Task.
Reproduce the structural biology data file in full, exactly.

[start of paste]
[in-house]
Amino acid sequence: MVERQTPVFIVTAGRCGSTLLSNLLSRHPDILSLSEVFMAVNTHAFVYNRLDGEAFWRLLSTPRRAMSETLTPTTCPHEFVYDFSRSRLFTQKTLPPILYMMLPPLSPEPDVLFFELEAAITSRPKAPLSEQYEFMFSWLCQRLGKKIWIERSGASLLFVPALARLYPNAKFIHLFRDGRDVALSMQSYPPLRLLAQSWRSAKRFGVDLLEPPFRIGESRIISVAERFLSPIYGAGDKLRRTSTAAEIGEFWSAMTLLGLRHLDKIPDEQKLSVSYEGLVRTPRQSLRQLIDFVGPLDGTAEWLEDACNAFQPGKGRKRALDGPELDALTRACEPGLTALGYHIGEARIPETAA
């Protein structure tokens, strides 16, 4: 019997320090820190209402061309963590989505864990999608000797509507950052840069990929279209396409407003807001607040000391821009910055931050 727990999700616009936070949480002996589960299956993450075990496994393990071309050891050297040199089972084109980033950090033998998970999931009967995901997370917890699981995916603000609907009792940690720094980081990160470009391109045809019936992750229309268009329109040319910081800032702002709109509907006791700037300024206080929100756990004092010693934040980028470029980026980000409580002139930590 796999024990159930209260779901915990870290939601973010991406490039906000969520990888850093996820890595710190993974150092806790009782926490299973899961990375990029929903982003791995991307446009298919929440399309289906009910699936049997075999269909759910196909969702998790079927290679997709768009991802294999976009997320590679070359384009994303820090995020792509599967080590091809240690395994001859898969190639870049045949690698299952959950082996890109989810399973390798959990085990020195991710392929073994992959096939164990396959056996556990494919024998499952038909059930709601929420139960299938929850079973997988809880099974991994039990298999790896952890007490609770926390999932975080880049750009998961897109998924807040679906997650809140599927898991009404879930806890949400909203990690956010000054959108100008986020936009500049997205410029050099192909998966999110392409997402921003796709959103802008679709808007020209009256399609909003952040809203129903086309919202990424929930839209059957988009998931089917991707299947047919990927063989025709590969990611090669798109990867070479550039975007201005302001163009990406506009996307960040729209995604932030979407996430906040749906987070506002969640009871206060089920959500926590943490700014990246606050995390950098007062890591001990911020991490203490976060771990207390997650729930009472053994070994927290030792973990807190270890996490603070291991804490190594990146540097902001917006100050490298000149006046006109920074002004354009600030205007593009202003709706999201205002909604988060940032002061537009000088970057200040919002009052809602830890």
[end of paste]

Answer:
[in-house]
Amino acid sequence: MVERQTPVFIVTAGRCGSTLLSNLLSRHPDILSLSEVFMAVNTHAFVYNRLDGEAFWRLLSTPRRAMSETLTPTTCPHEFVYDFSRSRLFTQKTLPPILYMMLPPLSPEPDVLFFELEAAITSRPKAPLSEQYEFMFSWLCQRLGKKIWIERSGASLLFVPALARLYPNAKFIHLFRDGRDVALSMQSYPPLRLLAQSWRSAKRFGVDLLEPPFRIGESRIISVAERFLSPIYGAGDKLRRTSTAAEIGEFWSAMTLLGLRHLDKIPDEQKLSVSYEGLVRTPRQSLRQLIDFVGPLDGTAEWLEDACNAFQPGKGRKRALDGPELDALTRACEPGLTALGYHIGEARIPETAA
């Protein structure tokens, strides 16, 4: 019997320090820190209402061309963590989505864990999608000797509507950052840069990929279209396409407003807001607040000391821009910055931050 727990999700616009936070949480002996589960299956993450075990496994393990071309050891050297040199089972084109980033950090033998998970999931009967995901997370917890699981995916603000609907009792940690720094980081990160470009391109045809019936992750229309268009329109040319910081800032702002709109509907006791700037300024206080929100756990004092010693934040980028470029980026980000409580002139930590 796999024990159930209260779901915990870290939601973010991406490039906000969520990888850093996820890595710190993974150092806790009782926490299973899961990375990029929903982003791995991307446009298919929440399309289906009910699936049997075999269909759910196909969702998790079927290679997709768009991802294999976009997320590679070359384009994303820090995020792509599967080590091809240690395994001859898969190639870049045949690698299952959950082996890109989810399973390798959990085990020195991710392929073994992959096939164990396959056996556990494919024998499952038909059930709601929420139960299938929850079973997988809880099974991994039990298999790896952890007490609770926390999932975080880049750009998961897109998924807040679906997650809140599927898991009404879930806890949400909203990690956010000054959108100008986020936009500049997205410029050099192909998966999110392409997402921003796709959103802008679709808007020209009256399609909003952040809203129903086309919202990424929930839209059957988009998931089917991707299947047919990927063989025709590969990611090669798109990867070479550039975007201005302001163009990406506009996307960040729209995604932030979407996430906040749906987070506002969640009871206060089920959500926590943490700014990246606050995390950098007062890591001990911020991490203490976060771990207390997650729930009472053994070994927290030792973990807190270890996490603070291991804490190594990146540097902001917006100050490298000149006046006109920074002004354009600030205007593009202003709706999201205002909604988060940032002061537009000088970057200040919002009052809602830890």